the Caisse d’Epargne man in the break who might be worth watching today. He’s not adding to the pace making – probably because his teammate Valverde is under threat from Martinez. So, Zandio is getting something of a free ride. He’s free to chase attacks, though, and may try for the win today.

    Right now, with 25km remaining the leaders have bumped their lead up to 6:30.

  • 04:53 PM: The gap

    is up to 6:43, making Martinez the virtual leader on the road, by two seconds. We can expect Astana to whittle that down, but no matter how things shake out today, the Euskaltel rider will move up into the top 10 today.

  • 04:58 PM: Contador

    Contador was happy to see his teammate in the lead: “I am very glad that Levi captured the golden jersey again. It shows that our team is very strong. What all Astana team-mates did today was amazing. Our Kazakh sponsor deserves this all. The only thing I regret is that again the time differences are so small.”

  • 05:03 PM: 20km to go

    the leaders are now 20 kilometers from the finish. The gap is still in the 6:30 range.

  • 05:13 PM: Astana

    is still setting tempo at the front. The peloton is now 19km from the finish. Our leaders are now holding on to a 7:00 lead. Is Astana just giving the jersey away?

    Martinez has grabbed 10 seconds of time at the day’s two sprint spots, so he needs to finish 6:31 ahead of the main field. Indeed, less than that if he finishes in the top three in the stage.

  • 05:16 PM: 10km to go

    our leaders are now 10km from the finish of today’s stage. They now lead by 7:50.

    As a reminder, the men in the break are:
    Egoi Martinez (Euskaltel)
    Greg Van Avermaet (Silence-Lotto)
    Alan Perez (Euskaltel)
    Andrea Tonti (Quick Step)
    Xabier Zandio (Caisse d’Epargne)
    Patrice Halgland (Credit Agricole)
    Juan Antonio Flecha (Rabobank)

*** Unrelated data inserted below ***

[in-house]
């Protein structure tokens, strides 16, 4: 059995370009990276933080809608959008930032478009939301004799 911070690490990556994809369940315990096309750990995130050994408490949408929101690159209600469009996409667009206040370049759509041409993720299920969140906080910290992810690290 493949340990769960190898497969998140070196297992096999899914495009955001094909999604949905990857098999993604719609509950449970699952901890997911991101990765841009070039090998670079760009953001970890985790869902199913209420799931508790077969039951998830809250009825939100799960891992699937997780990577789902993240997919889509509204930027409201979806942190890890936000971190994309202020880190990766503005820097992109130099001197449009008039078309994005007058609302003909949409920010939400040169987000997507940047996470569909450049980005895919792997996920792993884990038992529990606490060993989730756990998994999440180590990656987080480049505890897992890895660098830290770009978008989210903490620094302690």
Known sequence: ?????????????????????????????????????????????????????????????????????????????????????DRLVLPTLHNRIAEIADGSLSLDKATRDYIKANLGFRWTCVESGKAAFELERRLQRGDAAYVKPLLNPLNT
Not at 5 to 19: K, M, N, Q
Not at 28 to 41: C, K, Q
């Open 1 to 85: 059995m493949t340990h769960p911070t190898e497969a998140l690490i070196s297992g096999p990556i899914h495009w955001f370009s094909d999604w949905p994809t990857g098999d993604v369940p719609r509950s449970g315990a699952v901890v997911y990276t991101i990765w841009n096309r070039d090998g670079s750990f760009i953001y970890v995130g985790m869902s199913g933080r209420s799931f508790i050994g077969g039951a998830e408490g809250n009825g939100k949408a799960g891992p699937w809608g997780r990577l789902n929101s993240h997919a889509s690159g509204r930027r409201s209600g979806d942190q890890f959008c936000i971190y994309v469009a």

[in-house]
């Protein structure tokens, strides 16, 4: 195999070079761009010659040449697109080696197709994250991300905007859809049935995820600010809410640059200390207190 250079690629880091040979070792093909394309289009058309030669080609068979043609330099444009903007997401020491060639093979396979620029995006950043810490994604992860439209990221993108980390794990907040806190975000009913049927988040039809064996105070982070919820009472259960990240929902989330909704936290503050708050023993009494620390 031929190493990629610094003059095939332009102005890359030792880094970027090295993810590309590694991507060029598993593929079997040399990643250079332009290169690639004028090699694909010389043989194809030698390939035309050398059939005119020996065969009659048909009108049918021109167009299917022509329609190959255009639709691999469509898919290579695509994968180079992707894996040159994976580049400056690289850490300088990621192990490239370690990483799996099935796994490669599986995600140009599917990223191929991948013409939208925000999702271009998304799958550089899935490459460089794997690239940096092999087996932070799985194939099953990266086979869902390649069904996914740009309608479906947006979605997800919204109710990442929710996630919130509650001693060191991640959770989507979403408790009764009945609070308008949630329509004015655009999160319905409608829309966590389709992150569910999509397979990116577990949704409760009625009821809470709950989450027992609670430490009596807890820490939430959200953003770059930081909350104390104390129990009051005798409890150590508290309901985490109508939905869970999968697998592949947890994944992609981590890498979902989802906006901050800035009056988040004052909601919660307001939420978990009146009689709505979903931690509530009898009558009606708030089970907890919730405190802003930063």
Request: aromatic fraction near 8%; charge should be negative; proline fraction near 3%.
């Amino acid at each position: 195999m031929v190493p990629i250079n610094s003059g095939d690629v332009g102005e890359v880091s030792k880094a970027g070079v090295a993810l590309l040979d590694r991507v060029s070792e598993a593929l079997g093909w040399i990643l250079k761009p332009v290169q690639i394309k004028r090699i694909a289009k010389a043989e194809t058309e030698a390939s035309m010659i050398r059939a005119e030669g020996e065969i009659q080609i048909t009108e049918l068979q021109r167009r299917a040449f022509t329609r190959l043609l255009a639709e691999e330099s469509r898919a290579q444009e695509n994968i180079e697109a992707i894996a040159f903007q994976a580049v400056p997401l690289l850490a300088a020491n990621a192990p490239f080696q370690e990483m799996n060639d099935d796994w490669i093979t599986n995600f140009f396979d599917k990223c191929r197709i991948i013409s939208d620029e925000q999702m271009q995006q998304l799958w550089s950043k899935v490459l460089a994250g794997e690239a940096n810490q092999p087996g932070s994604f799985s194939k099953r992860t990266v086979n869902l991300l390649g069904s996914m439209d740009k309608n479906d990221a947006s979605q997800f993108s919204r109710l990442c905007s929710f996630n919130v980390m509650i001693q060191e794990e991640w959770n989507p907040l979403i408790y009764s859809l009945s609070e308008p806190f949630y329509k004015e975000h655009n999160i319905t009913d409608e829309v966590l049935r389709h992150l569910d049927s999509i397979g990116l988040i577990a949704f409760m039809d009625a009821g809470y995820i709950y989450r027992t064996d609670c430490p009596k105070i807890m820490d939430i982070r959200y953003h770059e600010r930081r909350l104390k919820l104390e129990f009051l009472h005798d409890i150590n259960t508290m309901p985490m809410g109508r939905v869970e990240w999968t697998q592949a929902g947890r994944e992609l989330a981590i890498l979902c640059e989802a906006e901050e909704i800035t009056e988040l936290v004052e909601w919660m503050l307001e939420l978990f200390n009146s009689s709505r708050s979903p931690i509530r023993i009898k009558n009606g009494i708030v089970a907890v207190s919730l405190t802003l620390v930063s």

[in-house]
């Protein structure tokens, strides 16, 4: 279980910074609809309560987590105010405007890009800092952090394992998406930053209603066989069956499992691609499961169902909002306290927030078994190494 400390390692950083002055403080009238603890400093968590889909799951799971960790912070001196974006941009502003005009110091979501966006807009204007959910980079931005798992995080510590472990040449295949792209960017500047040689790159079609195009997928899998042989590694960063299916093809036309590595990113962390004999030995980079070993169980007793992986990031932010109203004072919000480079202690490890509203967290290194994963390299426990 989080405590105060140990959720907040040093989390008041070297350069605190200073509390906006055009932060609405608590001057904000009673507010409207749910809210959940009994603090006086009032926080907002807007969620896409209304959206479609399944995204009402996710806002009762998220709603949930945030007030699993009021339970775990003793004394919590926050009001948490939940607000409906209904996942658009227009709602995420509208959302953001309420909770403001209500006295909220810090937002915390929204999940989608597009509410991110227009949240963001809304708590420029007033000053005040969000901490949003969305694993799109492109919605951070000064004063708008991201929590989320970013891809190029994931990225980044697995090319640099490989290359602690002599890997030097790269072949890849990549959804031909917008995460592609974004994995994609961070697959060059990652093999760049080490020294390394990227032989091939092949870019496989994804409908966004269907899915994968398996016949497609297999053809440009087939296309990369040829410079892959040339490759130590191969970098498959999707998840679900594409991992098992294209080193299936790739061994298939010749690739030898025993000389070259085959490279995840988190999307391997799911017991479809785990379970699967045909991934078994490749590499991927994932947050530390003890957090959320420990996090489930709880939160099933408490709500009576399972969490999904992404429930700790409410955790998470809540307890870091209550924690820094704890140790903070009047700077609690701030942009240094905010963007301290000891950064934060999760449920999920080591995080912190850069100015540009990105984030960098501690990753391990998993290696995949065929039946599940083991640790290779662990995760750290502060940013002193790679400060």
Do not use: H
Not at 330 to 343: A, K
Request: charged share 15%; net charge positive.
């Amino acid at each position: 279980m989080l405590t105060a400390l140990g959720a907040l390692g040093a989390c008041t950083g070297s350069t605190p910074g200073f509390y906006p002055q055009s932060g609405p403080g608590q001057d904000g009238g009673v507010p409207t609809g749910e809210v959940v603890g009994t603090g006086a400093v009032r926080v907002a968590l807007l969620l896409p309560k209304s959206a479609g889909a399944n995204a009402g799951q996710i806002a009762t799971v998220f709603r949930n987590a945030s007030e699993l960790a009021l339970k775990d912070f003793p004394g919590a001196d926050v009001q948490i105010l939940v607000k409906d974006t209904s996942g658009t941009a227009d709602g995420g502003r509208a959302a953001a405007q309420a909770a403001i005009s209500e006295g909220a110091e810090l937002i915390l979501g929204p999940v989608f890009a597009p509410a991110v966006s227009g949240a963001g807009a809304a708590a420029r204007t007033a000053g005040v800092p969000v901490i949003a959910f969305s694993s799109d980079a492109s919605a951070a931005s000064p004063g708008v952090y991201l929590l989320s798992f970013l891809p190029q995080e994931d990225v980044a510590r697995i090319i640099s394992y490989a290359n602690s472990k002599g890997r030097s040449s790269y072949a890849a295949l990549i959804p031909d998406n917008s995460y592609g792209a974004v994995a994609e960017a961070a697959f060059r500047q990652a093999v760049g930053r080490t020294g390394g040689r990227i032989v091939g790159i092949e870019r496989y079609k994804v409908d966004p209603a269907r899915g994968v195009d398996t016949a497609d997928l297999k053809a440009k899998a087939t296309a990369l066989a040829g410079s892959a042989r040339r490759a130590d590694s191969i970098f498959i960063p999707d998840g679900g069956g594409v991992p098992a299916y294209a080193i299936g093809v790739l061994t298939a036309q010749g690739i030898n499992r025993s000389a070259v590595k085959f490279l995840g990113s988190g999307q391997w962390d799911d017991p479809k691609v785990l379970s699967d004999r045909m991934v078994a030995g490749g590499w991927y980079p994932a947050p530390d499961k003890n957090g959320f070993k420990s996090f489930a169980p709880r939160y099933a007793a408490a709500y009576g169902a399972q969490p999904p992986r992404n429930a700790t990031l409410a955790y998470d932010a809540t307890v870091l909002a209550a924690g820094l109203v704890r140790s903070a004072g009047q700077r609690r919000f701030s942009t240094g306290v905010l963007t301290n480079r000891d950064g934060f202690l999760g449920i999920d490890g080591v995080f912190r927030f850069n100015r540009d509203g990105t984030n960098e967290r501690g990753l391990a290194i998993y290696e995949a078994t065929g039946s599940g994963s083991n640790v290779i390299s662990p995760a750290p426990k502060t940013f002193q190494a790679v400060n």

Christophe Kern (Credit Agricole)
    Davide Rebellin (Gerolsteiner)
    David Moncoutie (Cofidis)
    Rinaldo Nocentini (AG2R)
    Damiano Cunego (Lampre)

    We could expect to see the attacks starting in the lead group. If Astana intends to keep the jersey, they will have to ramp things up over the closing kilometers.

  • 05:18 PM: With 9km to go

    the leaders are starting to take a few small digs, but no one has managed to put in a big effort.

  • 05:19 PM: 8km to go

    the gap is now nearing 8:00.

    Astana doesn’t seem too concerned about Martinez, who does not have a reputation as a dangerous climber.

  • 05:22 PM: Astana

    Bruyneel just talked to Spanish TV: “It’s difficult to control the stage today, with 12 guys up the road in the breakaway. Egoi can take the jersey now, we’ll see if it happens.”

    Up front, Moncoutie has attacked with 6km to go…. he’s caught and then he goes again!

    He’s caught again.

  • 05:23 PM: Back together

    there are some tough riders in this bunch.

    Well, one of them – Juan Antonio Flecha – has attacked.

  • 05:25 PM: Flecha is caught

    with 3km to go. He’s been pulled back by Cunego.

    Moncoutie looks ready to launch an attack. He’s eyeing the group.

  • 05:25 PM: Zandio

    gives it a dig…. He’s pulled back.

  • 05:27 PM: 1km to go

    our leaders are together, but we’re bound to see someone try.

  • 05:28 PM: Moncoutie

    tries an attack… and he’s caught. Tonti is going for it, Cunego… and Van Avermaet charges. Rebellin comes up fast, but not fast enough.

    Greg Van Avermaet takes the win! Rebellin is second and Juan Antonio Flech takes third.

    Now let’s see when the peloton comes in.

  • 05:30 PM: Now let’s watch the clock

    we may see the peloton eat up some of that gap in the closing kilometers.

    Van Avermat is a former soccer player, who appears to have found his legs in cycling.

  • 05:31 PM: Martinez

    Egoi Martinez is talking to reporters at the line: “When I went in the break today, I thought it might be possible. We really dug as hard as we could in the final kilometers when we heard that the gap was opening. It would be like a dream to take the jersey.”

  • 05:32 PM: Other teams

    CSC and Caisse d’Epargne are now pulling. They are apparently more concerned about the gap than is Astana.

  • 05:33 PM: It’s 5:42 with 1km to go

    it looks like Martinez will get the jersey.

  • 05:34 PM: He does

    Martinez is the new leader of the Vuelta a Espana.

    Leipheimer is now second on GC, trailing Martinez by 11 seconds.

    Well, this is interesting. Stay tuned for full results, photos and a complete stage report from Andrew Hood.